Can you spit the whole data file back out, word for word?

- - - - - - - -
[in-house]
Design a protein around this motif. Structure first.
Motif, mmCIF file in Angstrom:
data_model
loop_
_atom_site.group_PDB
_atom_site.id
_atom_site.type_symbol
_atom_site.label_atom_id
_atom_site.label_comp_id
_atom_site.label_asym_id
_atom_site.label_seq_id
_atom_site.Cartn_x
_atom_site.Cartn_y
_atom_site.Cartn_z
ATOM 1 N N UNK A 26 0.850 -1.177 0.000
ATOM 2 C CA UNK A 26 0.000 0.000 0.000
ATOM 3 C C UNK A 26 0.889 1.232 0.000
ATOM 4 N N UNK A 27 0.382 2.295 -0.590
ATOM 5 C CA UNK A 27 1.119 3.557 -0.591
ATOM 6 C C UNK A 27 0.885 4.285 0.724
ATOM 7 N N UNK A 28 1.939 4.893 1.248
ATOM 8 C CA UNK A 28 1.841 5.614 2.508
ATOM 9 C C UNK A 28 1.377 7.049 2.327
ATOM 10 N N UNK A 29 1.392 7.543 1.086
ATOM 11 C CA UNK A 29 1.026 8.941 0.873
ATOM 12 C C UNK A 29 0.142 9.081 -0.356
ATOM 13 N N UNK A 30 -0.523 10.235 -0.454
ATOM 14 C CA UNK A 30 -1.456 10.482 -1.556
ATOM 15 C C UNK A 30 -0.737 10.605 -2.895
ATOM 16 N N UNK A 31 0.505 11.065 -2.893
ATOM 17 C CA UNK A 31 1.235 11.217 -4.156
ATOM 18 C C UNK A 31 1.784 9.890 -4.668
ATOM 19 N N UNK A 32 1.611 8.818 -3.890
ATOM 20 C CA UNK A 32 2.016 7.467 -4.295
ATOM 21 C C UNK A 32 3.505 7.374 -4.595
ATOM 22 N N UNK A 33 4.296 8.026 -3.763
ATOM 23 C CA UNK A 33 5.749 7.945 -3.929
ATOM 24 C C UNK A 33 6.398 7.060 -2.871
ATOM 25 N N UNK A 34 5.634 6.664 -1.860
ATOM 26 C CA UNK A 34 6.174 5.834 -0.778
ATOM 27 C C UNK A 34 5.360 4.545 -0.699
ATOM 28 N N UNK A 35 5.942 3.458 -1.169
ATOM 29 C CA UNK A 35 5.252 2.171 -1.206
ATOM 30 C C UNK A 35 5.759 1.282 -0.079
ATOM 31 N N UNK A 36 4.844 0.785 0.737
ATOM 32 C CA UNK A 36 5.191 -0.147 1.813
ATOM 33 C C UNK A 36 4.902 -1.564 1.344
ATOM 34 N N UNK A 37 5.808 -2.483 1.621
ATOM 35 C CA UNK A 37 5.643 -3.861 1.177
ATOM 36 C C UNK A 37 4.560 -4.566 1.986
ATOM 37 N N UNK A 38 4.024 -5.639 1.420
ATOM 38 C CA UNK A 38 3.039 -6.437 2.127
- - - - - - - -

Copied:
[in-house]
Design a protein around this motif. Structure first.
Motif, mmCIF file in Angstrom:
data_model
loop_
_atom_site.group_PDB
_atom_site.id
_atom_site.type_symbol
_atom_site.label_atom_id
_atom_site.label_comp_id
_atom_site.label_asym_id
_atom_site.label_seq_id
_atom_site.Cartn_x
_atom_site.Cartn_y
_atom_site.Cartn_z
ATOM 1 N N UNK A 26 0.850 -1.177 0.000
ATOM 2 C CA UNK A 26 0.000 0.000 0.000
ATOM 3 C C UNK A 26 0.889 1.232 0.000
ATOM 4 N N UNK A 27 0.382 2.295 -0.590
ATOM 5 C CA UNK A 27 1.119 3.557 -0.591
ATOM 6 C C UNK A 27 0.885 4.285 0.724
ATOM 7 N N UNK A 28 1.939 4.893 1.248
ATOM 8 C CA UNK A 28 1.841 5.614 2.508
ATOM 9 C C UNK A 28 1.377 7.049 2.327
ATOM 10 N N UNK A 29 1.392 7.543 1.086
ATOM 11 C CA UNK A 29 1.026 8.941 0.873
ATOM 12 C C UNK A 29 0.142 9.081 -0.356
ATOM 13 N N UNK A 30 -0.523 10.235 -0.454
ATOM 14 C CA UNK A 30 -1.456 10.482 -1.556
ATOM 15 C C UNK A 30 -0.737 10.605 -2.895
ATOM 16 N N UNK A 31 0.505 11.065 -2.893
ATOM 17 C CA UNK A 31 1.235 11.217 -4.156
ATOM 18 C C UNK A 31 1.784 9.890 -4.668
ATOM 19 N N UNK A 32 1.611 8.818 -3.890
ATOM 20 C CA UNK A 32 2.016 7.467 -4.295
ATOM 21 C C UNK A 32 3.505 7.374 -4.595
ATOM 22 N N UNK A 33 4.296 8.026 -3.763
ATOM 23 C CA UNK A 33 5.749 7.945 -3.929
ATOM 24 C C UNK A 33 6.398 7.060 -2.871
ATOM 25 N N UNK A 34 5.634 6.664 -1.860
ATOM 26 C CA UNK A 34 6.174 5.834 -0.778
ATOM 27 C C UNK A 34 5.360 4.545 -0.699
ATOM 28 N N UNK A 35 5.942 3.458 -1.169
ATOM 29 C CA UNK A 35 5.252 2.171 -1.206
ATOM 30 C C UNK A 35 5.759 1.282 -0.079
ATOM 31 N N UNK A 36 4.844 0.785 0.737
ATOM 32 C CA UNK A 36 5.191 -0.147 1.813
ATOM 33 C C UNK A 36 4.902 -1.564 1.344
ATOM 34 N N UNK A 37 5.808 -2.483 1.621
ATOM 35 C CA UNK A 37 5.643 -3.861 1.177
ATOM 36 C C UNK A 37 4.560 -4.566 1.986
ATOM 37 N N UNK A 38 4.024 -5.639 1.420
ATOM 38 C CA UNK A 38 3.039 -6.437 2.127